The 2-3 defeat to England on Monday evening was enough to turn the tide on the Iberian peninsula. The decisions of coach Luis Enrique, most recently celebrated as a great saviour, were doubted for the first time. He himself surprised with an insight into his half-time speech.
The Spanish pros were also confronted with these two numbers after the bitter 2-3 defeat in Seville: For Furia Roja, it was the first home defeat in a compulsory game in 15 (!) years, and in June 2003 they lost 1-0 to Greece, tearing up a series of 27 games in front of their own audience without a single defeat. However, the game against the Three Lions had started very badly, the Spaniards were already 3-0 behind at the break. With three goals behind in a home match into the cabin? That had never happened before in the history of the Spanish federation.
The hymns of praise for Enrique, they were silenced with one blow in the Spanish press. He himself was critical: “The first half was incredibly bad, you have to admit that. We built up pressure too late, the first goal against us then killed us. We made quite a few individual mistakes.”
The Spanish journalists oracled: “A lecture during the break certainly helped to at least improve the result. But Enrique waved off: “I knew that my team, with the attitude it has, doesn’t need a lecture or three substitutions. I had to build them up, give them some tactical tools to go with them and make them positive again.”
“Great nations must suffer”
Wasn’t he at least really mad at his team, though? “It’s probably bad when I say that, but I felt really good during the break. It would have been normal to kill the players, but I built them up, I didn’t exchange any and I told them that big nations have to suffer,” Enrique gave an insight into the Spanish booth.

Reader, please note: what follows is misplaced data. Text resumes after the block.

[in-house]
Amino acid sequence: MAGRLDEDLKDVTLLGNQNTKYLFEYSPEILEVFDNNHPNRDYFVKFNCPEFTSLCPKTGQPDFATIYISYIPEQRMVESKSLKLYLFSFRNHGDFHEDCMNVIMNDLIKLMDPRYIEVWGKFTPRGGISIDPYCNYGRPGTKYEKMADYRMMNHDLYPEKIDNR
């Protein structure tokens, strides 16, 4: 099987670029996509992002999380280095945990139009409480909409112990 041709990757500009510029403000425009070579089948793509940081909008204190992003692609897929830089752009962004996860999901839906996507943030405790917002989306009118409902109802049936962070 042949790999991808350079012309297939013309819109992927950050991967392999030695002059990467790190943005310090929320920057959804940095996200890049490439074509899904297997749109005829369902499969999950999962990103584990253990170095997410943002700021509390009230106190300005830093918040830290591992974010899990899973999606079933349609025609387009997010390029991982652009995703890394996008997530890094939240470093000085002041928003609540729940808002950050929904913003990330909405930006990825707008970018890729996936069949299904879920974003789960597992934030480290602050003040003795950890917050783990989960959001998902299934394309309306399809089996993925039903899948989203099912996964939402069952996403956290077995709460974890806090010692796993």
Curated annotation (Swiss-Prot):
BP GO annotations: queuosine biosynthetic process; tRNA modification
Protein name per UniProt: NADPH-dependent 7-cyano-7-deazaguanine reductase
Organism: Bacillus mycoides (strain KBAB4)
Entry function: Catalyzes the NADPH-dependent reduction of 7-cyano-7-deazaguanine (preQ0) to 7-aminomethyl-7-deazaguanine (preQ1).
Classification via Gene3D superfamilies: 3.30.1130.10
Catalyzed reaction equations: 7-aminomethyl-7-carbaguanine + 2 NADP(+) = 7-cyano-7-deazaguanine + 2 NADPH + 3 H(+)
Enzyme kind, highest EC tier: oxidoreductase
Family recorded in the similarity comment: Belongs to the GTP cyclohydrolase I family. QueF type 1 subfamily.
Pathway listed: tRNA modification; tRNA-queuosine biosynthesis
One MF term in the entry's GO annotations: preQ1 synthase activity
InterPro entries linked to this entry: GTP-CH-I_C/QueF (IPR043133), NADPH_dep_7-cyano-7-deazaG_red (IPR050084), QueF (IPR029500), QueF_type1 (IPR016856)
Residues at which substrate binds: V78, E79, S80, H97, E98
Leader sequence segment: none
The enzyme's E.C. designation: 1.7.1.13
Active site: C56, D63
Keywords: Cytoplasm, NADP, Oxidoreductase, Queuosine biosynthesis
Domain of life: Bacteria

The positive thing is the reaction of the team and the dedication of the fans in Seville.
Spain captain Sergio Ramos
The domestic press had been particularly keen on the back of the 2010 World Champion. More than ever, there was a lack of understanding about Barcelona’s left-back Jordi Alba not being nominated. In general, the distances between the centre-back and centre-back had not been right at all, which was one of the main points of criticism. Captain Sergio Ramos, who headed in at 2-3 in the seventh minute of injury time, was not able to see the Spaniards at the height, but otherwise did not get the stability they needed in the four-point-chain.
Ramos: “People believe in this team again”.
“The positive thing is the reaction of the team and the dedication of the fans in Seville. It’s fun to play here. It’s a shame we couldn’t reward them with a win. But people believe in this team again,” summed up Sergio Ramos, born in the province of Seville, who doesn’t have the easiest relationship with the crowd there.
On the pitch, the Spanish media had only identified two rays of hope: Real Madrid’s Dani Ceballos – and once again Paco Alcacer. Already in Wales, the Dortmund loaner had impressed with a double pack, this time he replaced Saul Niguez after 57 minutes – and gave his team back the hope of a comeback with a sparkling clean header just a turn of the hand later. It was his tenth compulsory goal on his tenth shot to the goal.
And because of his incredible run, it was not only the Marca who demanded that Paco Alcacer be invited back. Enrique, who personally brought the 25-year-old from Valencia to FC Barcelona in 2016, will be hard pressed to avoid the numbers and impressions.